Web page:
Filmmaker Ed Wood will be dead 30 years this year. When he died in Los Angeles, he owned only his name. He was homeless, his brain rotted with alcohol. His cinematic dreams were long gone. He was no longer fit to even work in pornography. His death was noted by no media.

But, only a few years later, a tiny Wood cult had grown into a pop phenomenon. His fame as "worst director" led to re-releases of his films. An oral, pop biography of Wood was published, TV documentaries of Wood were produced, the Burton film came out, a couple of his scripts were filmed by indy companies, and even several of Wood's long-forgotten '60s "trash" paperback novels were re-released. He is a subject of iconic art, too, as the "Plan 9 Crunch" painting by local artist Steve D. Stones shows.

The Wood-mania has peaked somewhat. The '60s books' re-releases are over. His films, etc., have moved back into a cult status, albeit a much larger one. Maybe that's a good thing. The first Wood boom, more than a generation ago, was initiated by a book "The Golden Turkey Awards" that made fun of the filmmaker. There was a smug, mocking attitude that Wood didn't deserve.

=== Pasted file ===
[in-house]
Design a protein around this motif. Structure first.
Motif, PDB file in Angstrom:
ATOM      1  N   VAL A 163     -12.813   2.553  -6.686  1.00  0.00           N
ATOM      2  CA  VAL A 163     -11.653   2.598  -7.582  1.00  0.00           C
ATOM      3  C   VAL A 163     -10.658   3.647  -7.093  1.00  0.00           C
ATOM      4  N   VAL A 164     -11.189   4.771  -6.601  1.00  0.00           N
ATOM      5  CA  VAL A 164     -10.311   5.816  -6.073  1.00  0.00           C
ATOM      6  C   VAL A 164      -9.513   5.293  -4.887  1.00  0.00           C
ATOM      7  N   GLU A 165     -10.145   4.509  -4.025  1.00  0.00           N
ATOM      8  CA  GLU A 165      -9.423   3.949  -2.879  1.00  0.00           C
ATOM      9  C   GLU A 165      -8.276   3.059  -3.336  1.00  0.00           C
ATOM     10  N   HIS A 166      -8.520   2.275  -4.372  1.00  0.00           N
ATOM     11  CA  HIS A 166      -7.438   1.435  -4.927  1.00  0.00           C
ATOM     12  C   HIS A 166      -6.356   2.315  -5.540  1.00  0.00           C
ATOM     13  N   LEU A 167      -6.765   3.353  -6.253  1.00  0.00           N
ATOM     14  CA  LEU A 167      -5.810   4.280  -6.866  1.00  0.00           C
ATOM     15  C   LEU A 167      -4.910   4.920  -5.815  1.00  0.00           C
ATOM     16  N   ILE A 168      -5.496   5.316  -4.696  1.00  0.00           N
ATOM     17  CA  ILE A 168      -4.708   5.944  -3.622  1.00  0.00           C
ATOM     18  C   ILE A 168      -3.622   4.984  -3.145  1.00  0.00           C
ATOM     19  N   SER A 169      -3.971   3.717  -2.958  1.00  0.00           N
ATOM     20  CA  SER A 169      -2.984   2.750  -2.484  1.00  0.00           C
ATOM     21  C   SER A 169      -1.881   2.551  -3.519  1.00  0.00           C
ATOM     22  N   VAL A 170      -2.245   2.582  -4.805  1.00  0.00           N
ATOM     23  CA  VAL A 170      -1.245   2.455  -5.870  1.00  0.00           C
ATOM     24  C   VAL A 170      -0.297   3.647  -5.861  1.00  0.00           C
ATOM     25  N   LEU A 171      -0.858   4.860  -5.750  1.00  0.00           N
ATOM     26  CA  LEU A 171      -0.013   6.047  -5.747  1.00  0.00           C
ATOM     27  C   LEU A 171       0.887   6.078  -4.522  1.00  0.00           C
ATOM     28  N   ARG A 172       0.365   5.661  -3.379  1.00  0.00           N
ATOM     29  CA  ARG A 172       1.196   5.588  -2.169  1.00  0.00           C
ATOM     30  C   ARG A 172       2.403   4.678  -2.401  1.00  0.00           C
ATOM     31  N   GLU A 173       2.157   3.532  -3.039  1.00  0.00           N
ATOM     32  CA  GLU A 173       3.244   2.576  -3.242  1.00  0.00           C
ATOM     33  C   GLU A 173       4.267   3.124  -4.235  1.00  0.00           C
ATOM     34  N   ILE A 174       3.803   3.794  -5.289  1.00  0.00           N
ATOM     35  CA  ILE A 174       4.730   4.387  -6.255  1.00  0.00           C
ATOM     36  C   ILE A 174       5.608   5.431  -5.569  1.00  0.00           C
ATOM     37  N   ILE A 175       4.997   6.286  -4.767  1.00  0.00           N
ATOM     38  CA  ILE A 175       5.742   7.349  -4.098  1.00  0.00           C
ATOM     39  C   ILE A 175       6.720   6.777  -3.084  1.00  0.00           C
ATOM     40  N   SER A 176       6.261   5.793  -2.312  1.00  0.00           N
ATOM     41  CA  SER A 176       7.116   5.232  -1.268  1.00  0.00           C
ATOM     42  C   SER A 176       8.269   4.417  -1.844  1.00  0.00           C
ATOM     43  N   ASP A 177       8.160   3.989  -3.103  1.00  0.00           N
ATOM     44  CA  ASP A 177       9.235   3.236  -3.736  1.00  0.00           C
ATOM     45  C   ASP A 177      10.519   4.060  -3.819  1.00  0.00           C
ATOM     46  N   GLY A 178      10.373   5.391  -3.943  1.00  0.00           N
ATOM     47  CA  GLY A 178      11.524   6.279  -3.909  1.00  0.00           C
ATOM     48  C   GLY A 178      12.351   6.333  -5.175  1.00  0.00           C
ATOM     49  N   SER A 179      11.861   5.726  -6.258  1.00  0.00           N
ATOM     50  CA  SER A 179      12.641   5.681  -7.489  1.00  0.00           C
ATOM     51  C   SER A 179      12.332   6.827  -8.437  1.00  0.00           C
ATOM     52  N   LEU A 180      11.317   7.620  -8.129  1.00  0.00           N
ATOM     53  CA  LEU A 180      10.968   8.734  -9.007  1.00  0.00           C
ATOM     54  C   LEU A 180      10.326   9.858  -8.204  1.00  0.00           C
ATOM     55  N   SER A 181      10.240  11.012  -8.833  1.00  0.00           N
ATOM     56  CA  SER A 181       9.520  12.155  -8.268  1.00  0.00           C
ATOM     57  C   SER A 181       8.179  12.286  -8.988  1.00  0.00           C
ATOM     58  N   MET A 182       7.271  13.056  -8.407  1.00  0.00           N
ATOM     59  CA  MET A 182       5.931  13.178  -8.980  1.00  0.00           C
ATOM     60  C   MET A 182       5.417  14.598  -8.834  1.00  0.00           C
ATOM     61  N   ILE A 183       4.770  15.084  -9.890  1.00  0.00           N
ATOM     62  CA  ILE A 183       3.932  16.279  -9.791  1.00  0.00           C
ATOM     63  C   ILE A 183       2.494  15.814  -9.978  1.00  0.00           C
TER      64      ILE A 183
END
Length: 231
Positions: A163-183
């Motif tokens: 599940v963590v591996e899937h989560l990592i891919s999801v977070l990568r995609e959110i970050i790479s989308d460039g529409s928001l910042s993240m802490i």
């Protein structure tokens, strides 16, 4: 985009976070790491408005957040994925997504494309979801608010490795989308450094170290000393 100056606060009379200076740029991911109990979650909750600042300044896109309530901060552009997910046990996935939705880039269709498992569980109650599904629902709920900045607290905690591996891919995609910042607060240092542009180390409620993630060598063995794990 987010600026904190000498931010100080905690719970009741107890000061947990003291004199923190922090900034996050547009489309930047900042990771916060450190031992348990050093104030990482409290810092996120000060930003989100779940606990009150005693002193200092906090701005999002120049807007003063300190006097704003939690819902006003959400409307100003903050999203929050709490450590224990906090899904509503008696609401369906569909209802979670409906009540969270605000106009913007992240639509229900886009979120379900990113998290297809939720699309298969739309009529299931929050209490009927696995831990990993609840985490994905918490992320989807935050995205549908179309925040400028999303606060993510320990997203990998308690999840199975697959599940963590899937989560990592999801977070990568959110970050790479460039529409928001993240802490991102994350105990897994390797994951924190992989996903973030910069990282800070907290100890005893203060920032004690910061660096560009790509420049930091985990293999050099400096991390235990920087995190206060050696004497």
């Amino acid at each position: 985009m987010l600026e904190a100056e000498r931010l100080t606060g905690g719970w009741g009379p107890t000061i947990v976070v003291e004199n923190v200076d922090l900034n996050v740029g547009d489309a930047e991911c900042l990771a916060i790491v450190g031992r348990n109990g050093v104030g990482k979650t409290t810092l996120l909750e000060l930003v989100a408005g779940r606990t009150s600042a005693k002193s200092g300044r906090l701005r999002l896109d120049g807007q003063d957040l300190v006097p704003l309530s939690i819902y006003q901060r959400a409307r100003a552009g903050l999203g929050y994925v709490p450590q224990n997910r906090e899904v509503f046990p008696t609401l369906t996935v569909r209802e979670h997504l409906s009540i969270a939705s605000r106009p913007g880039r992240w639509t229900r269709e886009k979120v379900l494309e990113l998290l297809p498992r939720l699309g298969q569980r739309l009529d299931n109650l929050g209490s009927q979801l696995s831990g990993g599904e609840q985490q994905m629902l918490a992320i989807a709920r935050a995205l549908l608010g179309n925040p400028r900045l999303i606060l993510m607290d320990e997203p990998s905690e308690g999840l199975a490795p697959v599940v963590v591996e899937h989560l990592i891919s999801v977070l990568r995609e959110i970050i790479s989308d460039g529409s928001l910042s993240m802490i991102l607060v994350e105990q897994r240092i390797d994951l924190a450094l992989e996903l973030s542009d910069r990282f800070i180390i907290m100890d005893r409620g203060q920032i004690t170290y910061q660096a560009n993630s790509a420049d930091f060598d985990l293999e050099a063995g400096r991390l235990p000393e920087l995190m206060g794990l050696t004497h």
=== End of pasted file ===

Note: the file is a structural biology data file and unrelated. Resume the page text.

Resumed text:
To be a cult icon requires that you not aspire to be a cult icon. It also requires a creative mind and a need to express that creativity that is audacious. I am a huge fan, but even I will not call "Plan 9" a technically great film. Still, it is an audacious film from a very creative mind. Its sometimes laugh-out-loud ineptitude derives from the creative instincts of a director who had neither the money nor the time to transmit his imagination to the screen.

"Plan 9," which cost about $50,000 to make, involves aliens from outer space raising the dead to warn mankind of the threat of nuclear weapons. Another Wood opus, "Glen or Glenda," is Wood's desperate plea of tolerance for cross-dressers. If we just allowed our mailman to wear satin undies, argues Wood, he could be a better member of his community and a credit to his government.